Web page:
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​Mirantis introduces cloud-on-a-rack OpenStack appliances

Mirantis is now offering turnkey OpenStack appliances.

Setting up an OpenStack cloud isn't easy -- just ask anyone who's tried to set up one from scratch. So, Mirantis, the pure-play OpenStack company, is now offering Mirantis Unlocked Appliances to make it orders of magnitude easier.

OpenStack will run on any high-end x86 server hardware. The first Unlocked Appliances are based on Dell and Juniper hardware. The architecture offers both flexibility and scalability, with configurations ranging from six compute nodes and 12 terabytes of usable storage to a full rack comprised of 24 compute nodes and 24 terabytes of usable storage.

A fully loaded out appliance is made up of two racks sustaining over 1,500 virtual machines and 48 terabytes of storage. The Compute and foundation nodes are based on Dell R630 servers. Storage nodes are based on Dell R730xd servers with Intel SSD-based cache optimized for high-performance storage.

For its cloud software, it uses Mirantis OpenStack 6.1. This OpenStack distribution is based on OpenStack's Juno release 2014.2.2.

These appliances are built, certified, and delivered by Mirantis certified rack partners. The first of these partners to deliver an appliance is Redapt, a cloud-focused systems integrator. As well as building and certifying the appliance, Redapt collaborated with Mirantis to pre-validate the reference architecture.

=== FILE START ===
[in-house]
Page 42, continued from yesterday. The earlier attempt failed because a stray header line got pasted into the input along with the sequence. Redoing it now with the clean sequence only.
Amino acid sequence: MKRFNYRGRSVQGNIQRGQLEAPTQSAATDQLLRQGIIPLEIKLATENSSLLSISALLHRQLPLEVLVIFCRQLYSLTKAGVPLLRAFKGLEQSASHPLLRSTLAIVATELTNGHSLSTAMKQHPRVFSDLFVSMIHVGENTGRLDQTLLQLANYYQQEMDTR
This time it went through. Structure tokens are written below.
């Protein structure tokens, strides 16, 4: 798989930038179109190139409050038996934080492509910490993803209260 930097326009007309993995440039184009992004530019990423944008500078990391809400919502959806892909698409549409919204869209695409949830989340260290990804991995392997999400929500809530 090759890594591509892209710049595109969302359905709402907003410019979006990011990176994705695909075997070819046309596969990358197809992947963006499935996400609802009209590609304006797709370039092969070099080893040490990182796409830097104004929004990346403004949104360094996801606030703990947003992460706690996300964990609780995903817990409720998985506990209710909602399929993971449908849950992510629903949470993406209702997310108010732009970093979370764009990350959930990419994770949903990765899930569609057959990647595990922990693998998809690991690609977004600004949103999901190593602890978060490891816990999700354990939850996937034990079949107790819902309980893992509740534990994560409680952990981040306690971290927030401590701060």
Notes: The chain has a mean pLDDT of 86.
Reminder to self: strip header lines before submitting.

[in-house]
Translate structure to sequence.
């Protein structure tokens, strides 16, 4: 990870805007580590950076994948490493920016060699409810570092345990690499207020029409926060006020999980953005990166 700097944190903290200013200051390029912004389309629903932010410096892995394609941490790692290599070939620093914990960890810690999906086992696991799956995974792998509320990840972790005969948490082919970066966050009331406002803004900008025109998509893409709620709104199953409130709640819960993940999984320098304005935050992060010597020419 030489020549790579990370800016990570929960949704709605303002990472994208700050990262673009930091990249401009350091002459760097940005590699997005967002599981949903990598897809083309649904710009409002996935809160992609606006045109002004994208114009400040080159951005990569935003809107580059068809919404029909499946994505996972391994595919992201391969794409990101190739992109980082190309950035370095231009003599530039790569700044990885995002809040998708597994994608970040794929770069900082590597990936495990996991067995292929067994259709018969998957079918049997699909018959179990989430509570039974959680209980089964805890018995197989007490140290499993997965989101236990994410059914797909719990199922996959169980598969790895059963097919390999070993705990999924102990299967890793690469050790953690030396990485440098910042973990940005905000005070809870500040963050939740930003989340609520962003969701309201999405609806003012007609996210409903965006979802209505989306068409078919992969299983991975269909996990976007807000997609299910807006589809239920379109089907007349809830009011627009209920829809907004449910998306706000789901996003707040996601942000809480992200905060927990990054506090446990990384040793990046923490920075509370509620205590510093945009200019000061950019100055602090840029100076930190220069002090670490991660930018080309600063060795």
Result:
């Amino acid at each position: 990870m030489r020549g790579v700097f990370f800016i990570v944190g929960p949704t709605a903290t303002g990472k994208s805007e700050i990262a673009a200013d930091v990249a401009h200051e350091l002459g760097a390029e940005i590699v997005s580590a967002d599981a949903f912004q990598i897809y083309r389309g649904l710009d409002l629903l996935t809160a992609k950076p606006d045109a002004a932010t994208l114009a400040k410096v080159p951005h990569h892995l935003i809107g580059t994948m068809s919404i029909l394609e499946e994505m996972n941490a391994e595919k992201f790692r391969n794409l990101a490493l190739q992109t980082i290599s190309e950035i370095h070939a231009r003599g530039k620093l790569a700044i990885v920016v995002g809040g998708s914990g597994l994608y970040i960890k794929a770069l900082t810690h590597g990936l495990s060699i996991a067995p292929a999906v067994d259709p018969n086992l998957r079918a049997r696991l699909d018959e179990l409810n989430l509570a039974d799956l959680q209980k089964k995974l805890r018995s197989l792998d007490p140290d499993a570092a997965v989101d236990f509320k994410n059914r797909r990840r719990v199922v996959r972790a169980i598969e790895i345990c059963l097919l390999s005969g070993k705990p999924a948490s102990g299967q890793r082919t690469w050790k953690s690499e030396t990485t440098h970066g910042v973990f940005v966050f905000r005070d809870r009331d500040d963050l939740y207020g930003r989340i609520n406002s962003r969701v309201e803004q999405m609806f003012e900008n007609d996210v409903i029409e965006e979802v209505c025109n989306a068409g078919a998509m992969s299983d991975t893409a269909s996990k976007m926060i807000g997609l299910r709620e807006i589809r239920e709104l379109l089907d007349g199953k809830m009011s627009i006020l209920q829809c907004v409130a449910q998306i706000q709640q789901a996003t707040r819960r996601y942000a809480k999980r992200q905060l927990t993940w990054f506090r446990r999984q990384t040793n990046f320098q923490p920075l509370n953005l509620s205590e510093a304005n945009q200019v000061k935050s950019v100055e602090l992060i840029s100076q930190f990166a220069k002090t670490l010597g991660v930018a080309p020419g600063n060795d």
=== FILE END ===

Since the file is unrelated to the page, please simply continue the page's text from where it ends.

"About 20 percent of infrastructure is consumed through the appliance form factor because it is extremely easy to set up and operate," said Alex Freedland, Mirantis president and co-founder, in a statement. "Mirantis Unlocked Appliances combines this ease-of-use with the openness and flexibility of OpenStack, delivered as a cloud-in-a-box. Our first Appliance focuses on the most common OpenStack use case - developing cloud-native applications -- and will be built and shipped by Certified Rack Partners across the ecosystem."

On the technical side, there's more on the Mirantis' Unlocked Appliance Reference Architecture. The entry-level six-node configuration will list for $250,000, whereas the 16-node version will be about $400,000.

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